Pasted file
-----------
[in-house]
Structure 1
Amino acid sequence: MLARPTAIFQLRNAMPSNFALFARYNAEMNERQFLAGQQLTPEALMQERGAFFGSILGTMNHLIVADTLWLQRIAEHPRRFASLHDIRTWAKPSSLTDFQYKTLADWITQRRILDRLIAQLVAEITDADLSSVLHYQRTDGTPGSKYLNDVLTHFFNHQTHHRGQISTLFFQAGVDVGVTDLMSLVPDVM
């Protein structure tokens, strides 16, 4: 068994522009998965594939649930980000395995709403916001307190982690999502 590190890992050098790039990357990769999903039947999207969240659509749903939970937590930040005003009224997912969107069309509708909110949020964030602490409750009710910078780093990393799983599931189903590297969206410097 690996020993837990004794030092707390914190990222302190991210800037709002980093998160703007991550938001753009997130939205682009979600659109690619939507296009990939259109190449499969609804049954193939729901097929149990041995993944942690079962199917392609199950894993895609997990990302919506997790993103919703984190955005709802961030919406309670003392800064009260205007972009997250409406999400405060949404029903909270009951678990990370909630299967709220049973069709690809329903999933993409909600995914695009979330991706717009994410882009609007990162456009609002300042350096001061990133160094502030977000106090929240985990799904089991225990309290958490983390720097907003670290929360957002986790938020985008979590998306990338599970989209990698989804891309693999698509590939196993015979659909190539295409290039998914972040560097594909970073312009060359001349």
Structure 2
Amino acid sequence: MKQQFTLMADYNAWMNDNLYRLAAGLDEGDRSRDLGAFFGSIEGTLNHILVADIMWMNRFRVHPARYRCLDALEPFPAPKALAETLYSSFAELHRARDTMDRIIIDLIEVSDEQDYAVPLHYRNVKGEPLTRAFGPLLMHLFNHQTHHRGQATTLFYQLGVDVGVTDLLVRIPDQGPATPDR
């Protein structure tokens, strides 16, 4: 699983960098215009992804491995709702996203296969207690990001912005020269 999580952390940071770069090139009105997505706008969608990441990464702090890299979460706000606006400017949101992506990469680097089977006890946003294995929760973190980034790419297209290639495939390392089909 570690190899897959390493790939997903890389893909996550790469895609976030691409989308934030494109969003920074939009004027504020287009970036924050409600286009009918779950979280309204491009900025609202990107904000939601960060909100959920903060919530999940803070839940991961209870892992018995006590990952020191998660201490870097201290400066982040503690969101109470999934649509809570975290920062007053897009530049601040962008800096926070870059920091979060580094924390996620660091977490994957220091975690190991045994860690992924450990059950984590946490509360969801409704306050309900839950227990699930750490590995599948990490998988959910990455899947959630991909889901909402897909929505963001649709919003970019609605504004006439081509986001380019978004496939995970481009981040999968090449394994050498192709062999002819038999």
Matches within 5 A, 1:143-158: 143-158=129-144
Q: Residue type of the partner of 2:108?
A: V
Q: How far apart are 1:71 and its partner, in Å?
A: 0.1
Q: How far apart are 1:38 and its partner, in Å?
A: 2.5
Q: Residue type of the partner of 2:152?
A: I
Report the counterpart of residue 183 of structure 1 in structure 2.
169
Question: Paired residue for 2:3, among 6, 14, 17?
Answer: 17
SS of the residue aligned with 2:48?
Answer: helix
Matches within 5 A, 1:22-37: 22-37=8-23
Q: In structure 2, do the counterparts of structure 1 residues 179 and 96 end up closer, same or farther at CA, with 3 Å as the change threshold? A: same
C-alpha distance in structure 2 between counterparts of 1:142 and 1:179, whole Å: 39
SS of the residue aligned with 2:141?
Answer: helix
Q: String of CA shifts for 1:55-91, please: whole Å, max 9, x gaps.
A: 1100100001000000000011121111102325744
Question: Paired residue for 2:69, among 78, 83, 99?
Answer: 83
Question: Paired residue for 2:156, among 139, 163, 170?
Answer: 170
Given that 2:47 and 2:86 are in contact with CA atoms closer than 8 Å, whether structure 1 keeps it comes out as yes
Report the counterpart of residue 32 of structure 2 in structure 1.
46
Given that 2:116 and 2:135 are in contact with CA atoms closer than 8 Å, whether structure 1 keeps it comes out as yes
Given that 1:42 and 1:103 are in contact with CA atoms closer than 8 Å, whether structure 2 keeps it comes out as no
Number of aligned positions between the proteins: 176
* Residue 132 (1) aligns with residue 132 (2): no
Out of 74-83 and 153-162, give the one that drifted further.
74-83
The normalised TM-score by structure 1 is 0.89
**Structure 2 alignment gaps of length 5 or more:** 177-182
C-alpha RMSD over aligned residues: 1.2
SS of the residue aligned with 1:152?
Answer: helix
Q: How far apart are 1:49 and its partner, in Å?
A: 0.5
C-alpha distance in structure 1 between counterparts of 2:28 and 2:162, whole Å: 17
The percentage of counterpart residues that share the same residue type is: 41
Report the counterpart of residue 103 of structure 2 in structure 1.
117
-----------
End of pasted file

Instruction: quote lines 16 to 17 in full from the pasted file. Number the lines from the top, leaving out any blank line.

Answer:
A: I
Report the counterpart of residue 183 of structure 1 in structure 2.